Here’s Philipp Rösler, Vice-Chancellor of Germany and Economy Minister, offering the clearest account yet of how European monetary policy has gone so far off the rails:
“If you take away the interest rate pressure on individual states, you also take away the pressure for them to reform.”
The view here is that because countries ought to pursue good pro-growth structural policies, central banks ought to create unfavorable monetary conditions as a way of pressuring countries to pursue structural reforms.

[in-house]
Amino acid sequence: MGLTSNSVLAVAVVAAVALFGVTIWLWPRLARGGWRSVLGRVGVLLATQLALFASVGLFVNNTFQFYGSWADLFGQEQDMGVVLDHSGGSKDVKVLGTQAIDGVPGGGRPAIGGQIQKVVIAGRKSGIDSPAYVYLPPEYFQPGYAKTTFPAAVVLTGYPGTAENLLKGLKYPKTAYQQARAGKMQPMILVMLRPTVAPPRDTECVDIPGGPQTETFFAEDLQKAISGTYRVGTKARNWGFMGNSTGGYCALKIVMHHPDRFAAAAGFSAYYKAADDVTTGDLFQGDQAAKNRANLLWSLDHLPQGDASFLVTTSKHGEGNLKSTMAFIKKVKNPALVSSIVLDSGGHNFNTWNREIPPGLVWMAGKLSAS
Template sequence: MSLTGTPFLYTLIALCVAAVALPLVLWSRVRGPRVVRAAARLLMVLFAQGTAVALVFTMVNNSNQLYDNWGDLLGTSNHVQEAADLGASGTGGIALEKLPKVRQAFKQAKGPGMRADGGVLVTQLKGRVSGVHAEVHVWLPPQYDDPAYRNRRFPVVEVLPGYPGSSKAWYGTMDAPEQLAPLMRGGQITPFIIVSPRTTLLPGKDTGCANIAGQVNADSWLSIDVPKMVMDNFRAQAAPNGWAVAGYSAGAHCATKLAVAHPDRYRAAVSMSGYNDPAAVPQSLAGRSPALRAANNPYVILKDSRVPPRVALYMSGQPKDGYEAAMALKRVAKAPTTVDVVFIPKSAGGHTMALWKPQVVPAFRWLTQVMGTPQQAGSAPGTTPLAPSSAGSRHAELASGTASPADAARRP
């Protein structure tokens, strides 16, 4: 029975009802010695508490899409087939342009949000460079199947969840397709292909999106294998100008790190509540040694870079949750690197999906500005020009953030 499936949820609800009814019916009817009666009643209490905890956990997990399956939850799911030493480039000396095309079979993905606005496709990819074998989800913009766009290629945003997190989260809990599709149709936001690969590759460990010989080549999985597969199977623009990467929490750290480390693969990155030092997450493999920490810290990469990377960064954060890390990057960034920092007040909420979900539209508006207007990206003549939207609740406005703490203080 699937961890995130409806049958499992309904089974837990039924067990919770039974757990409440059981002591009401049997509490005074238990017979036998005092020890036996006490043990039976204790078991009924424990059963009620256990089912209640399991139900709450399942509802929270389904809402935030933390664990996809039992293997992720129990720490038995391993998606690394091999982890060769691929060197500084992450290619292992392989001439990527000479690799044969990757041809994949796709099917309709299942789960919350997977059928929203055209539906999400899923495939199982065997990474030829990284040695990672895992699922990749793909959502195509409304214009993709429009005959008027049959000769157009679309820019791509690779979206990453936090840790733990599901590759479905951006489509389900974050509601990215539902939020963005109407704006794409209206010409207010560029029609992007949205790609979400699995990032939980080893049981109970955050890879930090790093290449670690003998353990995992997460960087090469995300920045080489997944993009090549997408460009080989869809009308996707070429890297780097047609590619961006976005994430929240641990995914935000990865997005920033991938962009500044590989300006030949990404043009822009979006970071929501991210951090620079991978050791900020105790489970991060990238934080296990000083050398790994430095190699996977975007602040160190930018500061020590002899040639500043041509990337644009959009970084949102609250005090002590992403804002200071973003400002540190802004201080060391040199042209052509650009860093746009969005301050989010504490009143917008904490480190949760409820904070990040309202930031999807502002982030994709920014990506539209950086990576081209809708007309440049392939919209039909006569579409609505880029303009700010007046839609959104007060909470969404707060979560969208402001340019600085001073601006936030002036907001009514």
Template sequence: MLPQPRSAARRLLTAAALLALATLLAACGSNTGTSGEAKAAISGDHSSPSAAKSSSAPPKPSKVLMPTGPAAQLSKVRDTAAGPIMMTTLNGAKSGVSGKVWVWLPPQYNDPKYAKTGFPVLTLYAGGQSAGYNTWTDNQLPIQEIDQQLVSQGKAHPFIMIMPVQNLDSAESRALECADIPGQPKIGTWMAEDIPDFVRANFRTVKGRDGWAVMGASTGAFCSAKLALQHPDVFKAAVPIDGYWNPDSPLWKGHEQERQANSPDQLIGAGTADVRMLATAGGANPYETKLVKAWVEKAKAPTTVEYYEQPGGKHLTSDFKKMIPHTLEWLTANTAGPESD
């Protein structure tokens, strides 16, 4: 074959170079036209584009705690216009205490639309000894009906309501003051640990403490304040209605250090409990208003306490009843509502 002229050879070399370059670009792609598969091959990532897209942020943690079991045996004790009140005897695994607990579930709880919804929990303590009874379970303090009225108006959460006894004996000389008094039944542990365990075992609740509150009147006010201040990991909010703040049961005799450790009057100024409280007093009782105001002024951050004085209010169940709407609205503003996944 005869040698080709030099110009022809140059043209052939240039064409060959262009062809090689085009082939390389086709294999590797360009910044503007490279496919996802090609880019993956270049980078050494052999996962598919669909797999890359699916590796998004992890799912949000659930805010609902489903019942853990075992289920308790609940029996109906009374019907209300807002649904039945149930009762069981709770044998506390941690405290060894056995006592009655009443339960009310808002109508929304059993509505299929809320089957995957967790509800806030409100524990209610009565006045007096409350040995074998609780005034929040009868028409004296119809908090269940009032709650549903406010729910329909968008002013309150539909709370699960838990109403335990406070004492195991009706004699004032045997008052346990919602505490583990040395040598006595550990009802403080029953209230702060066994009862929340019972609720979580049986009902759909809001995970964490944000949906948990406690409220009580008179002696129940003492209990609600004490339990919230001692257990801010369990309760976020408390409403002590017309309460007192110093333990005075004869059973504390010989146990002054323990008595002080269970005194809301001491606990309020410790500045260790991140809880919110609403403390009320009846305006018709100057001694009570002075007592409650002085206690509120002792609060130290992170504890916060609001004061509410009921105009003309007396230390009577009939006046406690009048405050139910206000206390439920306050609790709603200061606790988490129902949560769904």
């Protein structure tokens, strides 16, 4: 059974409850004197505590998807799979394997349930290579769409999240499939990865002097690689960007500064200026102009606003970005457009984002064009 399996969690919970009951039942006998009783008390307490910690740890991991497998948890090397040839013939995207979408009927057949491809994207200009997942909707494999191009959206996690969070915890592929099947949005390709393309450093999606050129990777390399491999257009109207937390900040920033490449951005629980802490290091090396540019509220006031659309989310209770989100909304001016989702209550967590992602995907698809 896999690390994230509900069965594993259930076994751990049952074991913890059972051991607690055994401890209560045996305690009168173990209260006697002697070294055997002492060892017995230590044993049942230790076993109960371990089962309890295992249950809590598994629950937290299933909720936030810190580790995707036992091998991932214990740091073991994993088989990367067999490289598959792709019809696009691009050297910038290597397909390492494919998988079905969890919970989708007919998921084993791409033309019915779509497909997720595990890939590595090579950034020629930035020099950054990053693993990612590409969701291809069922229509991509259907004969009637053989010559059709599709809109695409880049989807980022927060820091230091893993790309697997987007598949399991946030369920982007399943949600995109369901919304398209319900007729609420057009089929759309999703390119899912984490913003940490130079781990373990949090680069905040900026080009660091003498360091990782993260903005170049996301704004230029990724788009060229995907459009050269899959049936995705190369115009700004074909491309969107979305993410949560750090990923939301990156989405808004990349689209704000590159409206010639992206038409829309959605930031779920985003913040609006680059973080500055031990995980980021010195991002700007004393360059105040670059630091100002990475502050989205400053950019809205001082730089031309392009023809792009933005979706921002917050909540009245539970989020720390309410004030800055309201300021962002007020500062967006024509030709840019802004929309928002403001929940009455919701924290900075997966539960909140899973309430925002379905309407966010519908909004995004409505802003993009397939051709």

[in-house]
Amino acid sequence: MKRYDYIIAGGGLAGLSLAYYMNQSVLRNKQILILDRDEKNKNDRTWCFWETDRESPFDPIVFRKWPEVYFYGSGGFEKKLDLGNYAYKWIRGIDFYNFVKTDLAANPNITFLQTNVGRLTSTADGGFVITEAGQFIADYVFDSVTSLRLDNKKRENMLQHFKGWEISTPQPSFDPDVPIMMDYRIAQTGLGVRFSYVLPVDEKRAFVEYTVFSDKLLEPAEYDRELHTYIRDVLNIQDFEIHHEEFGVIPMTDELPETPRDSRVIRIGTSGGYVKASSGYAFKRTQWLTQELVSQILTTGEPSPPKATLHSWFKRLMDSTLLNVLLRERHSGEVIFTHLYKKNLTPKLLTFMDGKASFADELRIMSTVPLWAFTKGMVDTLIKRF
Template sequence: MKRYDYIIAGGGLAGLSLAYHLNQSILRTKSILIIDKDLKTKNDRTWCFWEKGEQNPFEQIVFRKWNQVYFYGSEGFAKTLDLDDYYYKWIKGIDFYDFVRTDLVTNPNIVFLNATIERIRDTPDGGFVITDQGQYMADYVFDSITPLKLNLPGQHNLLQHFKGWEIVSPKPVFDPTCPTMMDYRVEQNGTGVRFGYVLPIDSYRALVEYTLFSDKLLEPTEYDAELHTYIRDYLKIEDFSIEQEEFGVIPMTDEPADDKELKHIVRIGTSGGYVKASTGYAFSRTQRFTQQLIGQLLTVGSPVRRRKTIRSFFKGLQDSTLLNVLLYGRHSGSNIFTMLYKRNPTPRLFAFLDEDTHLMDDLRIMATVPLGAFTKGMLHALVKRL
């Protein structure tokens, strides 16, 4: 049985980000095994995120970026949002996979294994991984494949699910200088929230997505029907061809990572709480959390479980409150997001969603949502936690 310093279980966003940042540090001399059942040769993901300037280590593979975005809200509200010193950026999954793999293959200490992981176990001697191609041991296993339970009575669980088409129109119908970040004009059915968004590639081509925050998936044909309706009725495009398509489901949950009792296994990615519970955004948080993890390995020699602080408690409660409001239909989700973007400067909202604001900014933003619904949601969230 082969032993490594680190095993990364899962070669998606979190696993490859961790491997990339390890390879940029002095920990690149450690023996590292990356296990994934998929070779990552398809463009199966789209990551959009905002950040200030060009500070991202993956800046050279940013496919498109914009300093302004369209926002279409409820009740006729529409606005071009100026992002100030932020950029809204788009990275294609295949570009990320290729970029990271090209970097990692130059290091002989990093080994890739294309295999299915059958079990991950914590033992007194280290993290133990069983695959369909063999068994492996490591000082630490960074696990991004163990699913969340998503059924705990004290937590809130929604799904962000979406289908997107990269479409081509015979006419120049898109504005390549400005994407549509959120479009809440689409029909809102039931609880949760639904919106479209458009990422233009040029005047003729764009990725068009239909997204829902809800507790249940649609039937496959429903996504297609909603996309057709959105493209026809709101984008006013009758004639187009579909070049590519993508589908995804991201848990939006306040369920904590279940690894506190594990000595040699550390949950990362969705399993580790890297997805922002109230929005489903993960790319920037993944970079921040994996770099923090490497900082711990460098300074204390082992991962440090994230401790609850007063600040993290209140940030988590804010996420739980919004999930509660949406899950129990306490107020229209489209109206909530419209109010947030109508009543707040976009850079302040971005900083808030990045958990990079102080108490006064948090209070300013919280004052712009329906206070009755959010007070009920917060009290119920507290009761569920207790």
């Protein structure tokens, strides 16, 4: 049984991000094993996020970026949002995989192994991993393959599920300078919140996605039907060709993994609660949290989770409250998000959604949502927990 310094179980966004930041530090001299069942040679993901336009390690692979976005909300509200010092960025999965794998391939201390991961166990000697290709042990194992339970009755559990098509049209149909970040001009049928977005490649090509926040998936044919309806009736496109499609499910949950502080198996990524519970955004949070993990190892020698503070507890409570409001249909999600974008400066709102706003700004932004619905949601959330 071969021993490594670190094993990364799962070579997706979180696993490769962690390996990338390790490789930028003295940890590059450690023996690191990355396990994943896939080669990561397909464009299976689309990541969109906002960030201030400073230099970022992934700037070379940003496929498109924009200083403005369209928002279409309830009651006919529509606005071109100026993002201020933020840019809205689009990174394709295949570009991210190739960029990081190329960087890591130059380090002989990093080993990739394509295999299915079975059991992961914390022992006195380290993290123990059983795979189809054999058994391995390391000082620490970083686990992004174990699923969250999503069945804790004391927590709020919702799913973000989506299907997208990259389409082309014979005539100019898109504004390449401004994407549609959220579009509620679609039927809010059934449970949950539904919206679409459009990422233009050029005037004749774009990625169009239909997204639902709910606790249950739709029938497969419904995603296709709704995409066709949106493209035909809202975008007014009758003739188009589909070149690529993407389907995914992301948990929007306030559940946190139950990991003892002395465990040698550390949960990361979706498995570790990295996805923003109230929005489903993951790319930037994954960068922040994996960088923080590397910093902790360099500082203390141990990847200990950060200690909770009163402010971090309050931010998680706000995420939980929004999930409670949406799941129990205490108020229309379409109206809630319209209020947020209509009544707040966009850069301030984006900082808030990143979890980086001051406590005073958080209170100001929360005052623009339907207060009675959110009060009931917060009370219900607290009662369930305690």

There are many problems with this approach, but perhaps the most basic is that it will mix up the signal and noise in the policy dynamic. If monetary policy tries at all times to deliver appropriate monetary conditions, then we know that structural reforms are either working or failing because the situation will either improve or not. But if the central bank makes its delivery of appropriate monetary conditions contingent on legislatures adopting sound structural policies, then all we really know about structural reforms is whether or not they’re the ones the central bank happens to think will work. You’re eliminating the real-world test and substituting the bank staff’s judgment.